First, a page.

Imagine you were required to take a poo in front of an audience.
You are naked from the waist down and are expected to assume various awkward and immodest positions, most of them with your bum poking out so that everyone can get a better view. Those in the room with you are not politely averting their eyes and humming to cover any unfortunate toilet sounds. Instead, your audience, some of them positioned less than a metre away from the action, keep their eyes fixed squarely on your nether regions, some of them positioned less than a metre away from the action. Hell, your partner might even be videotaping the whole thing.
If you don’t find the picture I’ve painted discomforting then congratulations, you may move straight to the birthing suite. But if, like most well-socialised human beings, this scenario fills you with horror, then you’ll empathise with how I felt when I discovered the horrible truth about labour.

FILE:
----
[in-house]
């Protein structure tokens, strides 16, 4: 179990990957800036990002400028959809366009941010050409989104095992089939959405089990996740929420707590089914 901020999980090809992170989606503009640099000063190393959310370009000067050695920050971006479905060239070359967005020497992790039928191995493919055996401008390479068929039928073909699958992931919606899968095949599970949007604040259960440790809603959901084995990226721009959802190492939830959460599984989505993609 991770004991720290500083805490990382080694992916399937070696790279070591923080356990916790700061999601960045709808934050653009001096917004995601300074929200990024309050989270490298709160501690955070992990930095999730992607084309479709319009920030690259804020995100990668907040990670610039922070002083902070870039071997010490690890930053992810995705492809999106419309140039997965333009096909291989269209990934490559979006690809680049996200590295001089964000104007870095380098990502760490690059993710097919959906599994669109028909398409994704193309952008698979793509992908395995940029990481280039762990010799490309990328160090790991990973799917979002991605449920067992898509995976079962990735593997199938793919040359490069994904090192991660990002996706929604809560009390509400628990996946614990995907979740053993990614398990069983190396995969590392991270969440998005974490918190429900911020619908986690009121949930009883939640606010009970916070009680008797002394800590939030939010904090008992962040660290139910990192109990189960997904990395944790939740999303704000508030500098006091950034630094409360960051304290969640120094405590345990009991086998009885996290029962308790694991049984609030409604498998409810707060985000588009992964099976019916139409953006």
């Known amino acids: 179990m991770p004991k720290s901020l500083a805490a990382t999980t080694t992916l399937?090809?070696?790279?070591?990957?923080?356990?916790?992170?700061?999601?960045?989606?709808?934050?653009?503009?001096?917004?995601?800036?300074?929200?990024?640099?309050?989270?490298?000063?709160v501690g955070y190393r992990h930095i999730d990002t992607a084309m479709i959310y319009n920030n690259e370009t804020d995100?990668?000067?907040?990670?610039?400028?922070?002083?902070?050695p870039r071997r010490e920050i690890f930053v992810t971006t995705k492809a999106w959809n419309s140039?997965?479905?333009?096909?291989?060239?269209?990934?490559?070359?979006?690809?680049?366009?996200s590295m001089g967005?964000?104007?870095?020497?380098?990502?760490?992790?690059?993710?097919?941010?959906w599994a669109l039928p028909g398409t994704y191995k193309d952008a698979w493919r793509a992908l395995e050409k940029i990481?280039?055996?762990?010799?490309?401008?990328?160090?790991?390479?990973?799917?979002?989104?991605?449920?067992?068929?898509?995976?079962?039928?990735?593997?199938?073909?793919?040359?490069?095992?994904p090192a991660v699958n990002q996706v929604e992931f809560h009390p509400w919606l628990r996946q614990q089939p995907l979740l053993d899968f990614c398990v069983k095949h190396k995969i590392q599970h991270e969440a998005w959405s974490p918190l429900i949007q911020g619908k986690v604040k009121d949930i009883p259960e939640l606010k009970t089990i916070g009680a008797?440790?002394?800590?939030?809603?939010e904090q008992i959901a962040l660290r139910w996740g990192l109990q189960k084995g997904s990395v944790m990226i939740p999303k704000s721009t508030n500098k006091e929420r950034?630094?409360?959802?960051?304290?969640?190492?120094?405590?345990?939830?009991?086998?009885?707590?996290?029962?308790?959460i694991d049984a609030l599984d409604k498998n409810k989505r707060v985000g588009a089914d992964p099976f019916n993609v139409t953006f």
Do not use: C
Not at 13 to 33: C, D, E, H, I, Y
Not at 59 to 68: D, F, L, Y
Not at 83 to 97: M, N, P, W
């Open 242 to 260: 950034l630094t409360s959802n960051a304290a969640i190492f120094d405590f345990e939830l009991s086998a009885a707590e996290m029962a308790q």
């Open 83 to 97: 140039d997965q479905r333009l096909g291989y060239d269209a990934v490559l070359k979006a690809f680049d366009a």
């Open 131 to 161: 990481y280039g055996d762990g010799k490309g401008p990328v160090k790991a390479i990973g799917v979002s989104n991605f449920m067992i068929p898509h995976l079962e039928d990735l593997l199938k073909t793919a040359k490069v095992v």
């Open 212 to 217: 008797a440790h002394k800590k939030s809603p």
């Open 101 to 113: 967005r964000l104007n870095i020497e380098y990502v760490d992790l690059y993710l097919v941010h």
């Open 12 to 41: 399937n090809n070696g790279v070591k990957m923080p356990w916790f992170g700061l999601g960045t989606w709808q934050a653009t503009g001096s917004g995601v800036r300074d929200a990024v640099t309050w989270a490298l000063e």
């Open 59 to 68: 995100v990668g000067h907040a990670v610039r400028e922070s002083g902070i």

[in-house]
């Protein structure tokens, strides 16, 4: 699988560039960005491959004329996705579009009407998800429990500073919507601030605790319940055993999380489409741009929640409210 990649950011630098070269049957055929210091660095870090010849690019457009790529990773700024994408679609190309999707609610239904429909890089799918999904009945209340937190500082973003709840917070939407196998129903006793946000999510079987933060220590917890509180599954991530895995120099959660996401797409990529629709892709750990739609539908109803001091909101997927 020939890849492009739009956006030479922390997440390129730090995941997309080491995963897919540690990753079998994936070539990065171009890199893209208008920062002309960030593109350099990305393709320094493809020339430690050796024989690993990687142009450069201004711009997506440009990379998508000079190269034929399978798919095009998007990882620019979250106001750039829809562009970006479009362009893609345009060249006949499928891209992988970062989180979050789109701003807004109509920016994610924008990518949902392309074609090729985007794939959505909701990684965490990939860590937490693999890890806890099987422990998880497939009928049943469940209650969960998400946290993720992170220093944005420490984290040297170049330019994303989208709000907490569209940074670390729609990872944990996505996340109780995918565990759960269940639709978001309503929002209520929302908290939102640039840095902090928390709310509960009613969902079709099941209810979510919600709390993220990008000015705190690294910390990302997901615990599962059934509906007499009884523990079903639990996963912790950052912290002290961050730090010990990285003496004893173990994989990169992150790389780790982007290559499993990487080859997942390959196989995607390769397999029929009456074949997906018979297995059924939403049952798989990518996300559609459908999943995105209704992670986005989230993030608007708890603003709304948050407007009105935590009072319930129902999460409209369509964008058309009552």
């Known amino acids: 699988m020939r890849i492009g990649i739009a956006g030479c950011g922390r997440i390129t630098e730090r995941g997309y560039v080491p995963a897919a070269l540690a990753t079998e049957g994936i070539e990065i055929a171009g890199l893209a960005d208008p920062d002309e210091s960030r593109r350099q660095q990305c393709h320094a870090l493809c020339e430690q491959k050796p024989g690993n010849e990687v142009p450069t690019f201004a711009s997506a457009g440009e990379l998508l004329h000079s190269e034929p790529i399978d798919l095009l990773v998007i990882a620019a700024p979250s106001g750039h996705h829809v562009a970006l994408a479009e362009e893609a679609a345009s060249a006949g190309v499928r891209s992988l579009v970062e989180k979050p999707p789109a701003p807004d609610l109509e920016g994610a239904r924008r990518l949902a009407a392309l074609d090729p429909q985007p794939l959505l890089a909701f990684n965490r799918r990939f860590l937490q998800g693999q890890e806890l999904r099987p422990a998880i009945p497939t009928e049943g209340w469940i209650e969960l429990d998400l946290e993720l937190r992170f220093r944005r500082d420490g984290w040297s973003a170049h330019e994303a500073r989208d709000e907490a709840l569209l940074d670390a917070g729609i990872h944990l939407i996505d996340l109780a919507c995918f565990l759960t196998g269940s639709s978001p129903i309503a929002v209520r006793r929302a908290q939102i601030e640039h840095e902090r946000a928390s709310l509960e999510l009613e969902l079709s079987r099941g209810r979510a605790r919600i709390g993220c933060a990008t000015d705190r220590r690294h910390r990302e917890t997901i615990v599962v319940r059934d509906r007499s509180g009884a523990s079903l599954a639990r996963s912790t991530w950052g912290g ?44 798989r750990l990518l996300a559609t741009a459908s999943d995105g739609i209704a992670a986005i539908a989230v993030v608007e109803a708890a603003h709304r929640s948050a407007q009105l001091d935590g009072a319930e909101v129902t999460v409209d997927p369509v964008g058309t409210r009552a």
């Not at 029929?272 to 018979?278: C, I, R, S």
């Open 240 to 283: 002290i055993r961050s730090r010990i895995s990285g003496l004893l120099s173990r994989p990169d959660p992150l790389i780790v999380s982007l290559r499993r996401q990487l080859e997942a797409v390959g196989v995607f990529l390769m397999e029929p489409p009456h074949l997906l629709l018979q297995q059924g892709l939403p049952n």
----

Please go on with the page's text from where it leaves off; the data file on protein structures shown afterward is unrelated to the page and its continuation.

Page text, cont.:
As your baby enters the world, so too will your poo.
This little-discussed fact changed forever the way I felt about giving birth. My greatest fear was no longer of death, disablement or labias so distended that they forever flapped in the wind. My healthcare professionals had reassured me that I could be sewn up if I tore and given blood if I hemorrhaged. And, according to the nice lady on Extreme Makeover, labias can be cosmetically trimmed if one is so inclined. But when it came to the possibility that I might lose control of my bowels during labour there was no similar reassurance. Worse still, when I pressed my doctors and midwives, they admitted that there was indeed a very high likelihood that I would defecate as I gave birth.
Yet every midwife and obstetrician I spoke to dismissed my concerns as neurotic.